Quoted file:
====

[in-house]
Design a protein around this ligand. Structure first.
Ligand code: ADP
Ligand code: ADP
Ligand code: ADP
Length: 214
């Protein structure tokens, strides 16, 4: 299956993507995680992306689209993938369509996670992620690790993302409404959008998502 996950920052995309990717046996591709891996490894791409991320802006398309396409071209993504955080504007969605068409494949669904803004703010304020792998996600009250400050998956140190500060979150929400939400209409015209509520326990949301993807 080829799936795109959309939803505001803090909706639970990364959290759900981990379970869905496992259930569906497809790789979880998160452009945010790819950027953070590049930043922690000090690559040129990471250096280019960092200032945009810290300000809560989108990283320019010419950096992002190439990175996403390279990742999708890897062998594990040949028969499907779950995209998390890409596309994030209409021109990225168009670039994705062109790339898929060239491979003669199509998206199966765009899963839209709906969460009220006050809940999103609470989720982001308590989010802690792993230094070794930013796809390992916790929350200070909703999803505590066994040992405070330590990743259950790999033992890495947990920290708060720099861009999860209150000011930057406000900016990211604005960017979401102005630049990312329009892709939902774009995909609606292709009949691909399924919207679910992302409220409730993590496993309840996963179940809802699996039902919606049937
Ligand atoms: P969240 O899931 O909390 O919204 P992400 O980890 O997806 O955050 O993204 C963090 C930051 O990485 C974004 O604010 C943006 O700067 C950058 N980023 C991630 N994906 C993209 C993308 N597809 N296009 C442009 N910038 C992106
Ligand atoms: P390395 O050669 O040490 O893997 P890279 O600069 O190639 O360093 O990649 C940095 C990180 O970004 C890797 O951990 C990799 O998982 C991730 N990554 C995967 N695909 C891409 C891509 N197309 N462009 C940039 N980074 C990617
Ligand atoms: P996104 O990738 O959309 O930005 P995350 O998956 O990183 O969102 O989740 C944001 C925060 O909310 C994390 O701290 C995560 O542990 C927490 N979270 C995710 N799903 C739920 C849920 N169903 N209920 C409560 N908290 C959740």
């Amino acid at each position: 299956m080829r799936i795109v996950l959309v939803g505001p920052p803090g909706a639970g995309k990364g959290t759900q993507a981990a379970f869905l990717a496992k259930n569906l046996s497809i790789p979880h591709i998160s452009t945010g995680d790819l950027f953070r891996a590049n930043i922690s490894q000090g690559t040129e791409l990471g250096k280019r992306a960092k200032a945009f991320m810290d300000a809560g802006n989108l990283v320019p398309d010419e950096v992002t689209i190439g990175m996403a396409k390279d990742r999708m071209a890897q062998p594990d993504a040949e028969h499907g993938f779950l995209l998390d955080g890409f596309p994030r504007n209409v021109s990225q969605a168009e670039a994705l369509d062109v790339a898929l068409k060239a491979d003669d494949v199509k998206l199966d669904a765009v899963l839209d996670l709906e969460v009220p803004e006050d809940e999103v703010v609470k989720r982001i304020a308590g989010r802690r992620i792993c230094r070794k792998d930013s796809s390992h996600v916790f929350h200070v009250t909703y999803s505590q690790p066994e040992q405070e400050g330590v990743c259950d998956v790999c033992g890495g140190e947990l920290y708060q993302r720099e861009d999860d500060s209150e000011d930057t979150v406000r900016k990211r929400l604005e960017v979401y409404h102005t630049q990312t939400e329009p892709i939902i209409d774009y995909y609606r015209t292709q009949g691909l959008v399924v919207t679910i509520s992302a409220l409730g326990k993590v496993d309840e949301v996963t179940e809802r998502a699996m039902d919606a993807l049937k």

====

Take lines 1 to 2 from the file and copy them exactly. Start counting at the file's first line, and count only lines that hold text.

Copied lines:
[in-house]
Design a protein around this ligand. Structure first.